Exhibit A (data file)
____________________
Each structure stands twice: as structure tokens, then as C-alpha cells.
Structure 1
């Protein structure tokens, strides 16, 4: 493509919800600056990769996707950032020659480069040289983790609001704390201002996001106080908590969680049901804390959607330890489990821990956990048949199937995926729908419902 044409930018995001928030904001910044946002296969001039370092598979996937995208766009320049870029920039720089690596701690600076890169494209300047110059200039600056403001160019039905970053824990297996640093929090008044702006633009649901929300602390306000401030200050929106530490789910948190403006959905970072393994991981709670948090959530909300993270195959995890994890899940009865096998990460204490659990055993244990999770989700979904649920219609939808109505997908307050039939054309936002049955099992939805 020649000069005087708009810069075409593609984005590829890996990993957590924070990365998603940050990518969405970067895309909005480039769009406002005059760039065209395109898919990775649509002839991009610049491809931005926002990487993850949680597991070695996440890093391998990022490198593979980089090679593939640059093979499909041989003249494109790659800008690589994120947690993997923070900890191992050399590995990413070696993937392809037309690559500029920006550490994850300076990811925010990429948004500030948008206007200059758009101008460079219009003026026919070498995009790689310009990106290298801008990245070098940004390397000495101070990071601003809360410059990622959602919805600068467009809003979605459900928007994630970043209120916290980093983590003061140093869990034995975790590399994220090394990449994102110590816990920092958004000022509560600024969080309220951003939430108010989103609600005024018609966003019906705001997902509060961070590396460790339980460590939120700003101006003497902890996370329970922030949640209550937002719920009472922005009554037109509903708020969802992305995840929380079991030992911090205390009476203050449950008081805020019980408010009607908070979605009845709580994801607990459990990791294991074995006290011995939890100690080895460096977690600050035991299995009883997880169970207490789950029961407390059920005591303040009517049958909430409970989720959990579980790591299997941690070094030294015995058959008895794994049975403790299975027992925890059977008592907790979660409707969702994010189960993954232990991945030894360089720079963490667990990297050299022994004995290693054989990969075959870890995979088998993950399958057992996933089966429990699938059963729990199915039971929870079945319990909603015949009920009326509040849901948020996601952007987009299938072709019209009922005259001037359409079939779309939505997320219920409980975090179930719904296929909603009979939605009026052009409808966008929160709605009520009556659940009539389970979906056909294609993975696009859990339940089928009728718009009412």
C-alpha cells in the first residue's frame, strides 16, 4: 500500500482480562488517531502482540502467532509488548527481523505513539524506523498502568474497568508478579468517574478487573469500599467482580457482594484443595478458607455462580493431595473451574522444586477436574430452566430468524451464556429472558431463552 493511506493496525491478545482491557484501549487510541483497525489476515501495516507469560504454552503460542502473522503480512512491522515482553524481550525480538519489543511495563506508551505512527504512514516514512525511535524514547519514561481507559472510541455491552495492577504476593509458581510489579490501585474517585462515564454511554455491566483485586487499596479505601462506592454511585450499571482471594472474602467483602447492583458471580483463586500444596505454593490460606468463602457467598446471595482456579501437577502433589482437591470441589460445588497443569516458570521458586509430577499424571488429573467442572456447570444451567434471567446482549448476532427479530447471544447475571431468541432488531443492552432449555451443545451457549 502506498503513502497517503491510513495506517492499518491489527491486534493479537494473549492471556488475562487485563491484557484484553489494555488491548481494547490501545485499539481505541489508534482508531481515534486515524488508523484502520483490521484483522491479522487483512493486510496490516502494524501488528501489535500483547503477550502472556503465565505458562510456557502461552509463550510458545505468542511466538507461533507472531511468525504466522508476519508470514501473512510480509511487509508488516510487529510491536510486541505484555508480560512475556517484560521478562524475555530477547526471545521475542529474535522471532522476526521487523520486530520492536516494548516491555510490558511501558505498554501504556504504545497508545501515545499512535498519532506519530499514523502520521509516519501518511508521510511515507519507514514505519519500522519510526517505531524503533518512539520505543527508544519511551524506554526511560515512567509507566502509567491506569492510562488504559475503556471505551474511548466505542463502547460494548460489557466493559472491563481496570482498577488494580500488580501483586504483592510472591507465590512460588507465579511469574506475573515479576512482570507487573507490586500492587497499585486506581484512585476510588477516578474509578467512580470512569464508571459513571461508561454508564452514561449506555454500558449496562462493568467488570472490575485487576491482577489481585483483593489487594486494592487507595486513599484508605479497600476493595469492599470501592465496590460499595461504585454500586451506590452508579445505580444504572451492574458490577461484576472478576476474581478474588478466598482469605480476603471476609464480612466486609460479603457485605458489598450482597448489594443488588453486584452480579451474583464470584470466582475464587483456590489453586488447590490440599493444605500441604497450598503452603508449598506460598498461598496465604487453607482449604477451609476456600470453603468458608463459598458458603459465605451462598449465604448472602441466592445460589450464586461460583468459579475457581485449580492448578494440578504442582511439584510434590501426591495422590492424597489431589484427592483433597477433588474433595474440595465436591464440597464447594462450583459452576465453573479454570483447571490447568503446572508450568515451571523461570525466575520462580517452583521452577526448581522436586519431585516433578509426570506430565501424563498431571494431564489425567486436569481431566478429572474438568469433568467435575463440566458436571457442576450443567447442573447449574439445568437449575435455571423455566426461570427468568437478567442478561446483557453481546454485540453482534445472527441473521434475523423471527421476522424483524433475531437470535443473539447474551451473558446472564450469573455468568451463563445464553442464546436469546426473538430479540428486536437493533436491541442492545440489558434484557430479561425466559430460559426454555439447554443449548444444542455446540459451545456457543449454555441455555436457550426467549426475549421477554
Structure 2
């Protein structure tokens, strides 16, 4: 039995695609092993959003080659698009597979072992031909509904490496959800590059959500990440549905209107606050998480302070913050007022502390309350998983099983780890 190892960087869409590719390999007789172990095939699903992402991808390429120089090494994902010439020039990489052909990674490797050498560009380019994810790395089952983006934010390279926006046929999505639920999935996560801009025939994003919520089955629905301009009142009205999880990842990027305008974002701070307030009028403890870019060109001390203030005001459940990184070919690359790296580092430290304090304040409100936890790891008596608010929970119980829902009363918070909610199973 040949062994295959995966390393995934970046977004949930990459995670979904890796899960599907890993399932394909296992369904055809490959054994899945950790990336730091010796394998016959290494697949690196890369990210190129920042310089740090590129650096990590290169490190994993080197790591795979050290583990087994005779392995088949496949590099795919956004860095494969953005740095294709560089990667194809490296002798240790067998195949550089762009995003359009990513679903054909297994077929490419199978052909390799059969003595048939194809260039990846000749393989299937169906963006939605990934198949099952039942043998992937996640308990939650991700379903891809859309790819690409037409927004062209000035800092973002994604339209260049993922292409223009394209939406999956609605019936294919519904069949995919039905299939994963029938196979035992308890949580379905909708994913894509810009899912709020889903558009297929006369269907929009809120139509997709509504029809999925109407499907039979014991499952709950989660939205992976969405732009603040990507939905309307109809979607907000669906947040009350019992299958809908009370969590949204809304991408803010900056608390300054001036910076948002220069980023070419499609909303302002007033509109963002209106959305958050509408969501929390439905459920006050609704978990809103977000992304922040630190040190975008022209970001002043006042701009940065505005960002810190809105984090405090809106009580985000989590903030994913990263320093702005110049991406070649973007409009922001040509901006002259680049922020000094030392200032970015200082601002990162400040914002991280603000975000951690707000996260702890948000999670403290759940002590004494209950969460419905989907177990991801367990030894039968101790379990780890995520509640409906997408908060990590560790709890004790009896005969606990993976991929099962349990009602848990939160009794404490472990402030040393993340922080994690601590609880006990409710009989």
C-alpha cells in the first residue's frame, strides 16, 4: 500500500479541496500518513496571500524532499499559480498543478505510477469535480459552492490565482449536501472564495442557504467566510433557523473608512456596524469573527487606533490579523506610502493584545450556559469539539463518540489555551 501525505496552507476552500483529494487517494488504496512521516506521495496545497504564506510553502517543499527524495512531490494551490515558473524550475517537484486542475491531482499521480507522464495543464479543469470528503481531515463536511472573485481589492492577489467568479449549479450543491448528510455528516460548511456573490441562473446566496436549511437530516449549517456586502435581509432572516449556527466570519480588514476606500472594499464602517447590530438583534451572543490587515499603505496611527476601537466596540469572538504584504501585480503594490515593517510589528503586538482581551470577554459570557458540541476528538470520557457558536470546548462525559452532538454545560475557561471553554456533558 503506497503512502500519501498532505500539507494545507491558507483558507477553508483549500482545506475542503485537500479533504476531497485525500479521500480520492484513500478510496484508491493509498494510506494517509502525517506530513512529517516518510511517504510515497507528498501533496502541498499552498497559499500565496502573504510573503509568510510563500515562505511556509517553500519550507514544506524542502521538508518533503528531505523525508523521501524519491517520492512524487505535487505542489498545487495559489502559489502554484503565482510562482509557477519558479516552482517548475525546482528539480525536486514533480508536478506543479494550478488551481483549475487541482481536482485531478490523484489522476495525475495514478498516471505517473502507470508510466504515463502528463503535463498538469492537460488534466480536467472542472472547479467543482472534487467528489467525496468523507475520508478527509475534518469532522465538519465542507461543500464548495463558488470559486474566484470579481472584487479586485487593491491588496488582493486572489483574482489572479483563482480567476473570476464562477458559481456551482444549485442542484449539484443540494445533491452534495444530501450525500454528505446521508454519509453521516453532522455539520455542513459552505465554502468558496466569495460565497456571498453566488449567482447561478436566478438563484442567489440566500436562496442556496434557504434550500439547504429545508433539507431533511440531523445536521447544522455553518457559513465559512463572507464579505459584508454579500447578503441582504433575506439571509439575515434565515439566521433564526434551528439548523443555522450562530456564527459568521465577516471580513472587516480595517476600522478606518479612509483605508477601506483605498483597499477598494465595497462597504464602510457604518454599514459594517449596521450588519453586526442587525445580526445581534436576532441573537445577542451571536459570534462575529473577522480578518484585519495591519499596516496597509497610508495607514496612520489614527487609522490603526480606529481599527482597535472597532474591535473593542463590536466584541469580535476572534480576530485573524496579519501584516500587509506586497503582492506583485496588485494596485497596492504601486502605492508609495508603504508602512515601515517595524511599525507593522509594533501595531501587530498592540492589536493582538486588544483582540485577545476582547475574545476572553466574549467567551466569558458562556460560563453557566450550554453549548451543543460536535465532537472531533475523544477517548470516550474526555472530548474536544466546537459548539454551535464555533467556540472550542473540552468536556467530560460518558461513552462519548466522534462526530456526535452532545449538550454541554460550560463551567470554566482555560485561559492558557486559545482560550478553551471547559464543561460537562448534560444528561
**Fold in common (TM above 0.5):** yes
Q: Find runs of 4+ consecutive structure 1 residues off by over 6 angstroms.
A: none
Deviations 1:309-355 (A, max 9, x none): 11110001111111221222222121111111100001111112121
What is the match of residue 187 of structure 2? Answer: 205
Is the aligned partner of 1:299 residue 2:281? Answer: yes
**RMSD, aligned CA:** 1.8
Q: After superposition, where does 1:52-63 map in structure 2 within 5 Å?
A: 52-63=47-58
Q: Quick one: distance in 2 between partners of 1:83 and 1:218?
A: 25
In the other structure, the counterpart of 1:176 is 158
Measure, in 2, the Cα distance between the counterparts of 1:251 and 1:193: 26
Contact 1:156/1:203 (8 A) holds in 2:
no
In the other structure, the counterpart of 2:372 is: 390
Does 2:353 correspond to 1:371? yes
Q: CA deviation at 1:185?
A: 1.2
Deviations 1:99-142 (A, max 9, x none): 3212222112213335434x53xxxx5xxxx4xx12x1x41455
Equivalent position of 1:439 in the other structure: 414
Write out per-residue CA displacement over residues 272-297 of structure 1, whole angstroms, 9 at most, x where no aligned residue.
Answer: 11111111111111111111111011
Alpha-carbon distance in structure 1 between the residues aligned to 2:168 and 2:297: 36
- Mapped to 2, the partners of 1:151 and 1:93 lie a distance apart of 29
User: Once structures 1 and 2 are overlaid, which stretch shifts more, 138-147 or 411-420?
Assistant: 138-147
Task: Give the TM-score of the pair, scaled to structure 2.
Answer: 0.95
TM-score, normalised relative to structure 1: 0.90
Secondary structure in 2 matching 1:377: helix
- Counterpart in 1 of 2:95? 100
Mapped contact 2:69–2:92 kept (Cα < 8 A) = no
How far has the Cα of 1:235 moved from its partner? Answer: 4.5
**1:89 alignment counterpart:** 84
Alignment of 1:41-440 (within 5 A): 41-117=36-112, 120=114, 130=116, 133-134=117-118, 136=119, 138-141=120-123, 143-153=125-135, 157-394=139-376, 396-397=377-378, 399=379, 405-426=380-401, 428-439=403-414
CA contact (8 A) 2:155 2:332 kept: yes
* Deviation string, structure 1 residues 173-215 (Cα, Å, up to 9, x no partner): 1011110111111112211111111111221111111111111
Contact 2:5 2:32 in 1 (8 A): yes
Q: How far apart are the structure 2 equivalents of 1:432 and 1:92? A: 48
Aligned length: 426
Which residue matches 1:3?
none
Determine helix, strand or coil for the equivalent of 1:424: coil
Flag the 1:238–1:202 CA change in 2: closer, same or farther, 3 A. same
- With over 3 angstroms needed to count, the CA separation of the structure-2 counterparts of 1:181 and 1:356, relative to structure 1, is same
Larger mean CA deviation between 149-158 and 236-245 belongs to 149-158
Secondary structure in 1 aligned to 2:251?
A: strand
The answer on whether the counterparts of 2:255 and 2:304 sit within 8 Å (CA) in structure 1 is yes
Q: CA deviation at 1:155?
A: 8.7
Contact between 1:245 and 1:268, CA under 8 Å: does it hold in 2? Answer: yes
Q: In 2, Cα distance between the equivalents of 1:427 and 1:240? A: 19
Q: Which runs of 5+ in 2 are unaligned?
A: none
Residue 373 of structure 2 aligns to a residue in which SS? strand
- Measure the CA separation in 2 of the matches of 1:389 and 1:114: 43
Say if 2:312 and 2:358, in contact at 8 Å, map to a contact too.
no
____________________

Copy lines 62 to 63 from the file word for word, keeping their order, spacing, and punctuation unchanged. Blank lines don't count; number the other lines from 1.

Q: Which runs of 5+ in 2 are unaligned?
A: none